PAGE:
In addition, we are working to utilize all the existing programs and financial assistance for obtaining housing in support of their efforts to find new employment, and to maintain that employment for those people who continue to stay in this country and seek reemployment, just as we would for Japanese people. In the future, we will provide appropriate support, including that for reemployment, through the expeditious enhancement of systems for support and consultation with such measures as increasing the number of people providing interpretation and consultation services in accordance with local circumstances, and efficiently implementing employment preparation training that increases skills, including Japanese language ability.

The first Ministry page links to the separate document (pdf) with charts that contain more detail.

* There we find out that guest workers who are still receiving unemployment compensation and choose to return will be granted an additional JPY 100,000 if they have 30 days remaining in unemployment benefits and JPY 200,000 (about $US 2,100) if they have more than 60 days remaining in unemployment benefits.

* It also mentions that in those regions where the nikkei (ethnically Japanese) workers are concentrated, 9,296 foreign job-seekers visited Haro Waaku, the government employment agency, for the first time ever from November 2008 to January 2009. That is a roughly 11-fold increase from the year-before period.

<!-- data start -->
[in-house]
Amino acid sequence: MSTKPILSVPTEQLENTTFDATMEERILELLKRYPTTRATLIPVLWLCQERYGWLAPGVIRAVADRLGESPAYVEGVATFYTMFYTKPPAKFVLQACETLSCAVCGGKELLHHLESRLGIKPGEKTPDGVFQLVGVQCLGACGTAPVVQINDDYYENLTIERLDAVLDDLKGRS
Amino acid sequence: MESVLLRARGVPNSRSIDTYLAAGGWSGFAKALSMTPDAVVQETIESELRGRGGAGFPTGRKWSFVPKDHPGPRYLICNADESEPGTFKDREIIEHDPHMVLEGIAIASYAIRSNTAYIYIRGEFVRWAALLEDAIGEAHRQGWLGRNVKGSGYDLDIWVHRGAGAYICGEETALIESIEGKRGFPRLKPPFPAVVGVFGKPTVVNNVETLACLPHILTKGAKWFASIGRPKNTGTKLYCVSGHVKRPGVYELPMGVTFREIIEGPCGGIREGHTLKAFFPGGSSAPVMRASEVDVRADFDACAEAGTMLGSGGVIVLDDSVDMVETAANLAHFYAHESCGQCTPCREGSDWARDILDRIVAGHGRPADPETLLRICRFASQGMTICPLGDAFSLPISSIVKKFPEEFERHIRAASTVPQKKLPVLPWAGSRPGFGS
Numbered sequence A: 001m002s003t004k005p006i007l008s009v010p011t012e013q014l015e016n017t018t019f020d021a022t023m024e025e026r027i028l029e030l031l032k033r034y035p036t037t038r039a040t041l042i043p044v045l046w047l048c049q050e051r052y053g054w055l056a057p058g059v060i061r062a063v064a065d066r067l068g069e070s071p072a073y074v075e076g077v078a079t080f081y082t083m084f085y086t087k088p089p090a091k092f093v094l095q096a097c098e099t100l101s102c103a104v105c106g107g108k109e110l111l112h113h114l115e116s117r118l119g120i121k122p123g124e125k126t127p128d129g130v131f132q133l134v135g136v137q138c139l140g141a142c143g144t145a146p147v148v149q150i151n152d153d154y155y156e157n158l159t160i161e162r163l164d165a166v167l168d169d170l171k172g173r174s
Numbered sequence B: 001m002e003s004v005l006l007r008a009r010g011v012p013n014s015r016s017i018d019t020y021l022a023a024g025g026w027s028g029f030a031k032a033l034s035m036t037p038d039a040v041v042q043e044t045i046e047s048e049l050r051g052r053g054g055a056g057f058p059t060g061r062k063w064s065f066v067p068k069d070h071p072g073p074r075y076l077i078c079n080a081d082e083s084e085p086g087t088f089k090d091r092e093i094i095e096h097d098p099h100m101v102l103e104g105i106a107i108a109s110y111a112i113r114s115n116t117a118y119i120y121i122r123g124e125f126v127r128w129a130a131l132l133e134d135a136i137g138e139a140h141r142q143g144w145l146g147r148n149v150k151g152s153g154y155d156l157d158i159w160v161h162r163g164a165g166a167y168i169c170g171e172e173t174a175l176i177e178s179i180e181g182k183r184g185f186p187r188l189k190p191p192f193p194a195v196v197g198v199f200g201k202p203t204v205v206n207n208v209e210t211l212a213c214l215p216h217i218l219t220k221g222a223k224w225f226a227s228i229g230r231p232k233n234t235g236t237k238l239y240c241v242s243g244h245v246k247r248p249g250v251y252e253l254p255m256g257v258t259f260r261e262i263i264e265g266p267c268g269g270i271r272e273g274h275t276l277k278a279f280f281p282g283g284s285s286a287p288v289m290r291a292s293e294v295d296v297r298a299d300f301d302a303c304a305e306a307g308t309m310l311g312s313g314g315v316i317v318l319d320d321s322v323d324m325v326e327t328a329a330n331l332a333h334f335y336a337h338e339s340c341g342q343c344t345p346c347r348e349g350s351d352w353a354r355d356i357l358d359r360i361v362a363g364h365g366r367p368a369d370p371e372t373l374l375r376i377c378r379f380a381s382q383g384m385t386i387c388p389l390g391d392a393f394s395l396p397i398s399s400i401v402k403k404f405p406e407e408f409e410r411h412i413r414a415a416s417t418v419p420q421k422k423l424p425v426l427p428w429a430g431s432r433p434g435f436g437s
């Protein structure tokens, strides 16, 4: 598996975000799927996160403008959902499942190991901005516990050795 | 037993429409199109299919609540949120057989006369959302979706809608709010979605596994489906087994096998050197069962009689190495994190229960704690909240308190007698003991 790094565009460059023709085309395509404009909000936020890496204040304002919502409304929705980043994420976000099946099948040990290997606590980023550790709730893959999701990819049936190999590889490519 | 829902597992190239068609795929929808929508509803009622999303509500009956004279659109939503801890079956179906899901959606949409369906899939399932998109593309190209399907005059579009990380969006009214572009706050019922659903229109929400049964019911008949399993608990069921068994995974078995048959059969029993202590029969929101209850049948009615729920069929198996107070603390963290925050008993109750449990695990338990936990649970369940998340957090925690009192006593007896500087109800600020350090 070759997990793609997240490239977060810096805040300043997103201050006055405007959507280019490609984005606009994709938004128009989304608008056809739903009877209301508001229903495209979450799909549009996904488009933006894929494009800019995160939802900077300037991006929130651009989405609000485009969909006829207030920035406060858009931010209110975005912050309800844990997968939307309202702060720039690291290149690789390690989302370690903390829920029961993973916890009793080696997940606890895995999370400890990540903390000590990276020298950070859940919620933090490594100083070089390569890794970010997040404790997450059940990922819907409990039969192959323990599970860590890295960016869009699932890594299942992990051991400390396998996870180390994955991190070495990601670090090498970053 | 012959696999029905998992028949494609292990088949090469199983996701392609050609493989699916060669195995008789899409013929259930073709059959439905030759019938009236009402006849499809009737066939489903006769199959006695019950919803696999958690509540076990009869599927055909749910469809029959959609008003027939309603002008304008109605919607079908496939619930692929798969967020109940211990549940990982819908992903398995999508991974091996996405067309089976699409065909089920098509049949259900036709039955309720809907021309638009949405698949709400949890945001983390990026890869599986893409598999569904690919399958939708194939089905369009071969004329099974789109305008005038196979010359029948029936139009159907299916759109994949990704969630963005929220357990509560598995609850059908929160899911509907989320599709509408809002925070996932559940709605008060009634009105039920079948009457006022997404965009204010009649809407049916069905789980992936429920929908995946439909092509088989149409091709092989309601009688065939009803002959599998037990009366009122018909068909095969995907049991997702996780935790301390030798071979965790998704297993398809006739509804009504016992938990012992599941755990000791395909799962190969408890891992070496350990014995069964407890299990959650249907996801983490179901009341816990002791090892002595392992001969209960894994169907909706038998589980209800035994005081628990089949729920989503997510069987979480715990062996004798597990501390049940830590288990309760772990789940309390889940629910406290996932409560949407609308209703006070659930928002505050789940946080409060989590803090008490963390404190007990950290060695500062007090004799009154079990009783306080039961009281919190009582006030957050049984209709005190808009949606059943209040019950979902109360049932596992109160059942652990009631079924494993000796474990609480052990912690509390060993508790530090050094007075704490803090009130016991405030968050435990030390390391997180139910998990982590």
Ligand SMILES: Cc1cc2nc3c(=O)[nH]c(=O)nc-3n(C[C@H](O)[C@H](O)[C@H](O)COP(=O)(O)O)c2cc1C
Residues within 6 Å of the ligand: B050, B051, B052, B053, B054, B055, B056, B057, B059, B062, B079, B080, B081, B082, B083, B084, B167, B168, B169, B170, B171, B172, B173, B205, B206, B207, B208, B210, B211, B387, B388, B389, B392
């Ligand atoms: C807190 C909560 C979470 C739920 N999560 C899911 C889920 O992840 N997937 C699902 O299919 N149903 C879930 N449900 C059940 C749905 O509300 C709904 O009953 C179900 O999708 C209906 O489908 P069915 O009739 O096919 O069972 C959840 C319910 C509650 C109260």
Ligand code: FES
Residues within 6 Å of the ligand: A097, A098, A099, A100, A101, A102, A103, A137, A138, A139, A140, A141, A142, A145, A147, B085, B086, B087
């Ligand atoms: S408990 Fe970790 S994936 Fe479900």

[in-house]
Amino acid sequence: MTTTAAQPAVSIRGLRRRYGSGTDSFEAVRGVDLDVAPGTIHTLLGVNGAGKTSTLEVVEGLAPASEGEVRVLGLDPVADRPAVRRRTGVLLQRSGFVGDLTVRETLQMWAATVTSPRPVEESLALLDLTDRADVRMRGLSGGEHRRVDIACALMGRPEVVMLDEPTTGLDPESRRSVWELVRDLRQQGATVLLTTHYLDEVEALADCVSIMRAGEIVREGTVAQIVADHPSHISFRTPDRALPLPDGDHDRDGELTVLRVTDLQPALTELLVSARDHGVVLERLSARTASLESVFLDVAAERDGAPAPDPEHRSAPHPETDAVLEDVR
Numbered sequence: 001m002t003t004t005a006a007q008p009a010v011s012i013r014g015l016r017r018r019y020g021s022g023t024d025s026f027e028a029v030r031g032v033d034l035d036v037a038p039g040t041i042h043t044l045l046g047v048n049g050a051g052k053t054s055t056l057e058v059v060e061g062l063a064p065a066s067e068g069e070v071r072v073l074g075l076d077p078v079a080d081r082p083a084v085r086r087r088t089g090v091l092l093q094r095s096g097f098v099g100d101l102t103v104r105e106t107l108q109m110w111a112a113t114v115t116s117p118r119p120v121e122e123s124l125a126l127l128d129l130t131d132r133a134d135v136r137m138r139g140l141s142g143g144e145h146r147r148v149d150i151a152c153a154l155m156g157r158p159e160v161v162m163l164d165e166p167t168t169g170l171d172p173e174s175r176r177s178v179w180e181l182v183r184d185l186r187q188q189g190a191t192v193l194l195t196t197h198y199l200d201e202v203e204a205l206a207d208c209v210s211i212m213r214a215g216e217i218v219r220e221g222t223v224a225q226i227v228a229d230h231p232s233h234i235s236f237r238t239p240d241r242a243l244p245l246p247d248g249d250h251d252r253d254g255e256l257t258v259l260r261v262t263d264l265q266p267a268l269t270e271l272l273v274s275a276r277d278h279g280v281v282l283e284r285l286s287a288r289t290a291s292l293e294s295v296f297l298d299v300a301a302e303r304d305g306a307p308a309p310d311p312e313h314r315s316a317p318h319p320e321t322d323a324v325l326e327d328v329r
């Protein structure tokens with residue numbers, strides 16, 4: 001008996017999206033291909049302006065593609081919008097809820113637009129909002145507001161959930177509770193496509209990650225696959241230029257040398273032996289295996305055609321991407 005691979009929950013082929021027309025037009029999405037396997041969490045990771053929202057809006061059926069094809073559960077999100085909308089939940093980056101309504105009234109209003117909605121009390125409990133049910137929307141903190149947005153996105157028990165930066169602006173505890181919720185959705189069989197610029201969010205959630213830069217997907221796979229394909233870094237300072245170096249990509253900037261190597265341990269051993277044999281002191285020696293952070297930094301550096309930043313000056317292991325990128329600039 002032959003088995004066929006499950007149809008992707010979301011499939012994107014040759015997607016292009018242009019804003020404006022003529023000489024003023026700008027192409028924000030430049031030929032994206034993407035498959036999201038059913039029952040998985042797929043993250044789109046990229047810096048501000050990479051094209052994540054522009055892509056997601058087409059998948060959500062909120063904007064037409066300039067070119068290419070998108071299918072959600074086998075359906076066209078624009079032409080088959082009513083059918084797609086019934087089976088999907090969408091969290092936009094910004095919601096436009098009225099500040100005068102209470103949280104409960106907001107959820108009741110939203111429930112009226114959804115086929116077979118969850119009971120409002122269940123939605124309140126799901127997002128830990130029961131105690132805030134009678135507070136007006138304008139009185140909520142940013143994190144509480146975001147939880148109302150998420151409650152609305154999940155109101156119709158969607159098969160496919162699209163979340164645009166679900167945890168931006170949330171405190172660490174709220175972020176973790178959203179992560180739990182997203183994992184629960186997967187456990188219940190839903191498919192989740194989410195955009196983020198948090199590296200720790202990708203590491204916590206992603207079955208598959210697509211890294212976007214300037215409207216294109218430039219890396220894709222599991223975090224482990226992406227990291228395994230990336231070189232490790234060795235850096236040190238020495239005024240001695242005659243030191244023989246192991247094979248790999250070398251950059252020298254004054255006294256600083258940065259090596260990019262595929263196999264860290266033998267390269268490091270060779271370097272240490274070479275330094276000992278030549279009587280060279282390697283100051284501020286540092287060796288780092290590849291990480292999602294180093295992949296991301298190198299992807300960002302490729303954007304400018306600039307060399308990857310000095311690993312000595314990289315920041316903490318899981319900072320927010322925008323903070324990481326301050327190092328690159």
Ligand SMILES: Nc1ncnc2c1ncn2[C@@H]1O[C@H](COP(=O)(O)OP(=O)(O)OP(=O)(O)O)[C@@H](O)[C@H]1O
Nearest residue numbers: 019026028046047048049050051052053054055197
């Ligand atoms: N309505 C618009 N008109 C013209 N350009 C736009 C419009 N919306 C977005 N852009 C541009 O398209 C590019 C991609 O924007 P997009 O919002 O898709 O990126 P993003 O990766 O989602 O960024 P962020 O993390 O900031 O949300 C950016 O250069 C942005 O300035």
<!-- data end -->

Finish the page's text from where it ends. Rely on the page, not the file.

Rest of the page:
* The page emphasizes that the offer is being made to those people who are “extremely unlikely” to find employment due to a lack of Japanese language ability or job skills.

* The workers are being given special help for finding jobs at nine separate branches of Haro Waaku, and the help included interpretation. By mid-March, one-stop service centers to deal solely with this issue were established in municipal offices in 33 locations.

* An additional three new centers for consultation and advice have been established in areas with many foreigners and the benefits have been increased

* The site says these measures implement activities to enhance support for reemployment and maintain present employment. These include subsidies for trial employment and compensating employers for hiring them. There are also measures to enable people to retain their housing.

* Starting this year, the government will offer more interpretation and consultation services. They will also conduct job training programs to improve their job skills, including Japanese language instruction, during the period they are receiving unemployment compensation. They have budgeted JPY 1.08 billion (about $US 11.355 million) for the current fiscal year to help roughly 5,000 people.

* The training programs will be the responsibility of the Japan International Cooperation Center (JICE), a non-profit foundation that conducts human resource development programs for developing countries.